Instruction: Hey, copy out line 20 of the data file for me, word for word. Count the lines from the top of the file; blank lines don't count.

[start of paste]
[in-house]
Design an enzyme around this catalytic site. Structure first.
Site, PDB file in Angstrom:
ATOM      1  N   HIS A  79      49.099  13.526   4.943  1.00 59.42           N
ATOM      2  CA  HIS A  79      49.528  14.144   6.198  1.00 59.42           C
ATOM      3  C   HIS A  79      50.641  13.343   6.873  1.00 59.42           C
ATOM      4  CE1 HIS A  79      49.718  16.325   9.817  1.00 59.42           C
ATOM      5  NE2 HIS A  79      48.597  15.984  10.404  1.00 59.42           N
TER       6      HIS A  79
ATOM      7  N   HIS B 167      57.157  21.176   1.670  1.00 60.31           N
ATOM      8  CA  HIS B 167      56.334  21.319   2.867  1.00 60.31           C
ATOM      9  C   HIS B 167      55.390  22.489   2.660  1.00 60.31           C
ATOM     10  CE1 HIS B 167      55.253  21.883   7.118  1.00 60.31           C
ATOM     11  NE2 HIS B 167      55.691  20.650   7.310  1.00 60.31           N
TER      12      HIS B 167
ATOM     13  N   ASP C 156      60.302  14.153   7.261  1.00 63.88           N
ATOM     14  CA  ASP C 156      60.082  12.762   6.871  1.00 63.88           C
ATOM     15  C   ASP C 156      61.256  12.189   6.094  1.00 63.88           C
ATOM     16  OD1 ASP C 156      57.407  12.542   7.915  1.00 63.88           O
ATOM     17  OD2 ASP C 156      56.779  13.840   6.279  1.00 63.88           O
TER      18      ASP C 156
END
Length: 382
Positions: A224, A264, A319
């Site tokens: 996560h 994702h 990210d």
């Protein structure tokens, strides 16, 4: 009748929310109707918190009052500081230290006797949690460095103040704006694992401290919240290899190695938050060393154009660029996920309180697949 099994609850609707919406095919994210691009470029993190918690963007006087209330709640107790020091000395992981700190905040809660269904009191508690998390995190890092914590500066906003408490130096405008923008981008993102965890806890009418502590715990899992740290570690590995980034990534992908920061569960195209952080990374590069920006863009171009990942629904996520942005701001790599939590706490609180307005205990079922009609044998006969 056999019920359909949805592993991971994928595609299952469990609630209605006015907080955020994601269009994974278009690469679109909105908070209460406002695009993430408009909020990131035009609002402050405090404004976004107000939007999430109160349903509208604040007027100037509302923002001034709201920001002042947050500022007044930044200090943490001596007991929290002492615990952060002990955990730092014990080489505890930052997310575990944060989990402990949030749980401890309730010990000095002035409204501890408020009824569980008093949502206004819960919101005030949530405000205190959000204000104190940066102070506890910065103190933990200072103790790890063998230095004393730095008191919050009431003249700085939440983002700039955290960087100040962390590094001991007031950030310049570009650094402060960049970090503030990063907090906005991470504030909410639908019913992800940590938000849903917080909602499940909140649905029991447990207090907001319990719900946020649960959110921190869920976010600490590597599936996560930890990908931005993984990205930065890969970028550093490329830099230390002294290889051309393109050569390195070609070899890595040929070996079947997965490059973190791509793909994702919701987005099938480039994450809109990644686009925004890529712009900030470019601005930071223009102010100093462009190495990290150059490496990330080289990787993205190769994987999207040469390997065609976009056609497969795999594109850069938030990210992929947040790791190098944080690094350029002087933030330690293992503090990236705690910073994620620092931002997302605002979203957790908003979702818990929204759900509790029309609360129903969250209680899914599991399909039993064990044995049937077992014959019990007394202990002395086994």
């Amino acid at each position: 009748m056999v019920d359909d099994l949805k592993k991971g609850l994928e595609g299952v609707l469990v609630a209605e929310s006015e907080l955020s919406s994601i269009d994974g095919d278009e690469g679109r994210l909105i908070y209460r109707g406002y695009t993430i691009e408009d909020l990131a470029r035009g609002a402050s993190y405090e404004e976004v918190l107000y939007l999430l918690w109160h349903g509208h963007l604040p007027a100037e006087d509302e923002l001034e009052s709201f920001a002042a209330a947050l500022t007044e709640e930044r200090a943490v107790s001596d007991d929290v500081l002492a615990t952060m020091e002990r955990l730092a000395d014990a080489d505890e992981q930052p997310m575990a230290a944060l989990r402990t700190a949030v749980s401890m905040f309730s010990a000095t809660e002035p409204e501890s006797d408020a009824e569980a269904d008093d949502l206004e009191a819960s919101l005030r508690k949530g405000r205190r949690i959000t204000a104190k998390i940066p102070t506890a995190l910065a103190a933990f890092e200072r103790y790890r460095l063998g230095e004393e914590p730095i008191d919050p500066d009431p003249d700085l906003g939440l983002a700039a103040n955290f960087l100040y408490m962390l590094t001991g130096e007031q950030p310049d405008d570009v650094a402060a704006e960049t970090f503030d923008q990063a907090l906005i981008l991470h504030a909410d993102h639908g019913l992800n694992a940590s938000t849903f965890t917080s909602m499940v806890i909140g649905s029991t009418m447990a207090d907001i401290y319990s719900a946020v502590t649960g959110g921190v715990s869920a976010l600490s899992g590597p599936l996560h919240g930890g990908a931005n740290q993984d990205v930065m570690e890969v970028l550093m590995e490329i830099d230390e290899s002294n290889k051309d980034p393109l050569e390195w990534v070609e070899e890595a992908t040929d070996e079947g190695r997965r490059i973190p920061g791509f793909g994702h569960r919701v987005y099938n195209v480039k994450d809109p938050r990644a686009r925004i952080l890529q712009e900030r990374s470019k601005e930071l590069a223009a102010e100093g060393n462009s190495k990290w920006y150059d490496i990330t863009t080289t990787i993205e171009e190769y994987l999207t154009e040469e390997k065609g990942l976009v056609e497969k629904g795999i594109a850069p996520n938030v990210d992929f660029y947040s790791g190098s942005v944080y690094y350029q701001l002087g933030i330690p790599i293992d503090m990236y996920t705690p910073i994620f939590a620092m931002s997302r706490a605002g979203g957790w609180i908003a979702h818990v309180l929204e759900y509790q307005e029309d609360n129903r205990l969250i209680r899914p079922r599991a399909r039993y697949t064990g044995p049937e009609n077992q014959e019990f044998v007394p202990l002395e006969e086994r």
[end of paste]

ATOM     17  OD2 ASP C 156      56.779  13.840   6.279  1.00 63.88           O